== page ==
Monday, 14 September 2015

Extraordinary Means by Robyn Schneider


I'm picky when it comes to YA reads, but particularly YA contemporary reads, because in my experience a lot of the time I find the characters themselves put me off the book. There are a number of reasons why I find certain characters off putting, but the big factor is the teenagers featured not feeling like true to life people, however that was definitely not the case with Extraordinary Means - the characters make this book!

Lane and Sadie are both residents at Latham House, a sanatorium for those infected with TB. Now you may be thinking TB does now have treatable drugs, and you'd be right, but author Robyn Schneider has created a new strain of TB known as TDR-TB - total drug resistant tuberculosis. So whilst Extraordinary Means is, for the most part, contemporary fiction, there are minimal dystopian elements to the plot. Lane and Sadie are the narrators of the book, with alternating chapters telling their story of Latham House and how it affects them personally.

Lane is the new guy at Latham house, and in comparison Sadie is a veteran of the facility. Despite not having seen each other for a number of years, the pair have history after one particular summer at camp and their story grows from there. If you've read the blurb of Extraordinary Means at all you'll know a love story is to ensue, with a relationship between Lane and Sadie developing. The relationship is not the be all and end all of the book but it does play an important part with a lot being learnt from it. The bond between the two characters is beautiful to watch unfold and the love between them feels very much like teenage love; it's fun and sweet and adorable to see. From that description you may be thinking it's that puppy dog, sugary sweet, teenage love that can be portrayed in YA stories, but Lane and Sadie's relationship is so much more than that.

As well as the relationship between Lane and Sadie, we also see friendship between the two of them and three other residents of Latham House - Nick, Charlie and Marina. When arriving at the sanatorium Lane is instantly intrigued by Sadie and her bunch of friend's, eventually inserting himself in to the group. Extraordinary Means is full of adventures undertaken by this group of five friends whilst quarantined inside a medical facility. The laughs they have, the trouble they cause, the tears shed; you're along for the ride.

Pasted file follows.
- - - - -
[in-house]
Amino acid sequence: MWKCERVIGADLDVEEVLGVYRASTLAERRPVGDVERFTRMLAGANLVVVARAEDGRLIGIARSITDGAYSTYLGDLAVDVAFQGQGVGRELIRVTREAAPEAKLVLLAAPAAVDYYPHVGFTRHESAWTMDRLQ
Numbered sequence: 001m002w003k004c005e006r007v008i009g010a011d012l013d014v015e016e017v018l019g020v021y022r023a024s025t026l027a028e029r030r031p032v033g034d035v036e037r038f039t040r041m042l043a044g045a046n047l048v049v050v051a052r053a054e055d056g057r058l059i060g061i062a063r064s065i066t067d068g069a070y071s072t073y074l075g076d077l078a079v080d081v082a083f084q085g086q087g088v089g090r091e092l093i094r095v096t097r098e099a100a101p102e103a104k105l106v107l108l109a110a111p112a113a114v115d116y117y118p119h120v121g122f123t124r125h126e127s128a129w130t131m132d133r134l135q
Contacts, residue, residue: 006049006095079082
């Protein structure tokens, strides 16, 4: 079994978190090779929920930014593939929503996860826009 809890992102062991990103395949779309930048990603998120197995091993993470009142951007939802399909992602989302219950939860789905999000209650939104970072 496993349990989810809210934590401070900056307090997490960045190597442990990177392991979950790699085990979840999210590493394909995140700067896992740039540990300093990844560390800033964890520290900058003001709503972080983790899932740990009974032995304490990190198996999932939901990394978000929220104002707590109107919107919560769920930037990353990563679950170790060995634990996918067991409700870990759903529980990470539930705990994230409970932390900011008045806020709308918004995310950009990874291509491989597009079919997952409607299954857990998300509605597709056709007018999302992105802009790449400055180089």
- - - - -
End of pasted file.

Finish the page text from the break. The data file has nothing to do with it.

There is a lot to admire about the narrative in Extraordinary Means but a big stand out for me is the wit entwined throughout. It's just wonderful and fitting and the teenagers own the sarcasm of their age. They also own being themselves... What I mean by that is even though they're in that awkward stage of life when you're just figuring out who you are, the characters aren't afraid to be themselves.

Lane is the kind of guy who has everything mapped out, everything he does is a conscious means to being one step closer to his future. Lane is taking a detour though and he is definitely finding himself at Latham House.

Sadie is the kind of girl you naturally gravitate towards, you notice her, she sets herself apart from others. Her personality is a favourite of mine from recent reads.

Nick seems to be just coasting along in life while simultaneously blocking it out with alcohol or prescribed drugs. He also has a thing for Sadie.

Charlie is a bit of a indie/hipster kid, skinny jean wearing, music making, you know the kind. He is also the sickest of the friends, with his TB being at a more advanced stage.

Marina is the character out of the five who kind of fades in to the background. When you're reading the book she is there, she's quirky, she has her place within the friendship group, but when you step back from the book she is the one you'll remember the least as she doesn't have as prominent a part in the plot.

What's amazing when reading Extraordinary Means is the attitude of these five children who are practically dying, they have an illness with no cure, and yet you forget that. Despite the seriousness of things tackled in the book, it feels light but with depth.

This review is getting longer and longer, because there is so much I want to say about this book, but I'm going to end it on the author's note. Often times in books there is an 'author's note' at the end, and we can easily just pass over it with the story being our main focus, but if you read Extraordinary Means then you have to read the author's note. Robyn Schneider gives a great little back story on how the book came about and evolved into its current state.
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6 comments

  1. I find that books with sick teens can sometimes be emotionally manipulative. I'm glad to hear Extraordinary Means doesn't suffer from that!

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    1. I know what you mean, thankfully Extraordinary Means didn't fall in to that.

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  2. I've very picky about contemporary YA books too, but this one sounds interesting! Thanks for sharing :)

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  3. I've read Extraordinary Means, and I agree with you - it wasn't about 'sick teenagers'; it was about finding yourself and your reason to live and making life choices and all that jazz. I personally loved Lane - his character arc was quite similar to my own - but Sadie... was kind of meh for me. I'm glad you enjoyed it!
    Beth x
    www.thequietpeople.com

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    1. Yes - I loved that aspect of the book. I also really enjoyed how Lane evolved as a character too.

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